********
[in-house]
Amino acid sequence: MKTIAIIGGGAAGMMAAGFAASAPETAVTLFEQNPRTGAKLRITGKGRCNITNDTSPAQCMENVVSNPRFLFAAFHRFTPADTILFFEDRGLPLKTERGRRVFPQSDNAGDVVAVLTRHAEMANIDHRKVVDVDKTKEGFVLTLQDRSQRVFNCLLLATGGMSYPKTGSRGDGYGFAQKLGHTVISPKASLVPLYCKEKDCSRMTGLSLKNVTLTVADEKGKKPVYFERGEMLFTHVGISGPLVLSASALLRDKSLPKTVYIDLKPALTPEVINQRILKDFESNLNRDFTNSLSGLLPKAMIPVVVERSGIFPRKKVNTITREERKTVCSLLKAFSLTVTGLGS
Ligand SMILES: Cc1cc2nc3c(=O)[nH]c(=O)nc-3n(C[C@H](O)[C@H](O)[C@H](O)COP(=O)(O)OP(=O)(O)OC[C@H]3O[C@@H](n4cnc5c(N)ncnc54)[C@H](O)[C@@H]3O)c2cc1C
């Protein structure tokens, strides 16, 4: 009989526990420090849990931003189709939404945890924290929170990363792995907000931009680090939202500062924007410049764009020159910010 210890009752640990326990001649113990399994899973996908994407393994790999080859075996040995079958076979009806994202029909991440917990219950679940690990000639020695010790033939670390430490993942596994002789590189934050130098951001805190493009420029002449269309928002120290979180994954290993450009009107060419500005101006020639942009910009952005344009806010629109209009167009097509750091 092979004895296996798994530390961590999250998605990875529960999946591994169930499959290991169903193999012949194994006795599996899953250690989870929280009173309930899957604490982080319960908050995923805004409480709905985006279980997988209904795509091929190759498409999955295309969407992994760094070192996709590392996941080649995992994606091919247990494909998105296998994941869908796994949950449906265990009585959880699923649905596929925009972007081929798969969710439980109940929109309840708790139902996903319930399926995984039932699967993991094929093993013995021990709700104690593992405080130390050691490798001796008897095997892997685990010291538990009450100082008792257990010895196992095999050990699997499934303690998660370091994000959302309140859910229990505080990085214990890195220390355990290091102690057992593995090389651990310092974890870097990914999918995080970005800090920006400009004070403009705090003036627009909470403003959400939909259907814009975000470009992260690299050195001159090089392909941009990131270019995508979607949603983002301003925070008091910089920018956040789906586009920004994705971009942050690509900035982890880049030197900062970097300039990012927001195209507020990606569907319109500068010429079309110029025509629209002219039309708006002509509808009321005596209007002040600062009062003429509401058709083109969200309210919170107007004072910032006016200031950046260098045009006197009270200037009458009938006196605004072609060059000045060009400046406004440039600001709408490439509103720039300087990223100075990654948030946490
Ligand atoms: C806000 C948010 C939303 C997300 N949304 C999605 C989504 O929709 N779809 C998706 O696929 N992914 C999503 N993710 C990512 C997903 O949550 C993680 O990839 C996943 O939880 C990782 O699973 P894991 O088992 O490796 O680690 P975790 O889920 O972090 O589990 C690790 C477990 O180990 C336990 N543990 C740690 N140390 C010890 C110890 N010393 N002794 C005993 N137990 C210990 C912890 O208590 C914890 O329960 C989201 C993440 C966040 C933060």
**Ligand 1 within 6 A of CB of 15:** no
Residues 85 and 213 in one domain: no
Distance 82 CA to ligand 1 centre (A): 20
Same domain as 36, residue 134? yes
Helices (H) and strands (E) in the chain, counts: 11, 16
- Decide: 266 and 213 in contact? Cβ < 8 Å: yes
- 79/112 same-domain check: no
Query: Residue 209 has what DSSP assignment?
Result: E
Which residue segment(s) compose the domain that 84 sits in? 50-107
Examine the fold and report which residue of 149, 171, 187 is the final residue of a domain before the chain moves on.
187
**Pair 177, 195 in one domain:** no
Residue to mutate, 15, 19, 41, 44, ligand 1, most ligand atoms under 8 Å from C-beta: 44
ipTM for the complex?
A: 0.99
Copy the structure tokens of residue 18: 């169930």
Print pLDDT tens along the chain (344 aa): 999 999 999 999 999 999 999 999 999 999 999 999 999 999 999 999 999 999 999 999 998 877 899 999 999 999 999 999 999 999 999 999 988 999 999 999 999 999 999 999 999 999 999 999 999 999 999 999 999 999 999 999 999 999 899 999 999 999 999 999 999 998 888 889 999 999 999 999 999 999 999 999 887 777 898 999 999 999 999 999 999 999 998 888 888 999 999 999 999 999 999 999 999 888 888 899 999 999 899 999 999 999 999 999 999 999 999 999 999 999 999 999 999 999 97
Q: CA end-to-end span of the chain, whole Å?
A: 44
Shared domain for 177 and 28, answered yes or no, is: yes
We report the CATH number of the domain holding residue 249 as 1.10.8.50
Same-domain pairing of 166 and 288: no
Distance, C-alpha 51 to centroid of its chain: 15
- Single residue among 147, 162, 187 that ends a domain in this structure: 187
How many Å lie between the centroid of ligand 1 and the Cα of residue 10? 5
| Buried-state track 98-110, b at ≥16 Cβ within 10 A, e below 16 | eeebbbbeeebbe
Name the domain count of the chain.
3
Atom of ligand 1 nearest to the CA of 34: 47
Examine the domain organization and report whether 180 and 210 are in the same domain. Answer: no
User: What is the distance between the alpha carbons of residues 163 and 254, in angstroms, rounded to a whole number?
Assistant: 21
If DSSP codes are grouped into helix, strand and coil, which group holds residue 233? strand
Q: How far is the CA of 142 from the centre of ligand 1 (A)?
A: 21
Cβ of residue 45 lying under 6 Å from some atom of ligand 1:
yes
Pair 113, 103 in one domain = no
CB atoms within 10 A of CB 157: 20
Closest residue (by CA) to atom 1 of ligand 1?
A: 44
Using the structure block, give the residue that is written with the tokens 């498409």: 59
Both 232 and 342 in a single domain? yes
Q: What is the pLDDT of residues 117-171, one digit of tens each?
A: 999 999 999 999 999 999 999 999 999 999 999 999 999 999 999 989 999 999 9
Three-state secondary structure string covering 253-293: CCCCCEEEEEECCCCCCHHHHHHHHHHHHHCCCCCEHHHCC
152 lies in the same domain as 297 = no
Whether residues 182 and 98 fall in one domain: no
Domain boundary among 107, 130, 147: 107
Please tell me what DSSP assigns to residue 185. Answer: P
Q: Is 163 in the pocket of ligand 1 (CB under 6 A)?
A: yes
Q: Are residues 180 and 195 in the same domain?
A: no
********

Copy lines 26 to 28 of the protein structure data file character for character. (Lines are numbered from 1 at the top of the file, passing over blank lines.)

Shared domain for 177 and 28, answered yes or no, is: yes
We report the CATH number of the domain holding residue 249 as 1.10.8.50
Same-domain pairing of 166 and 288: no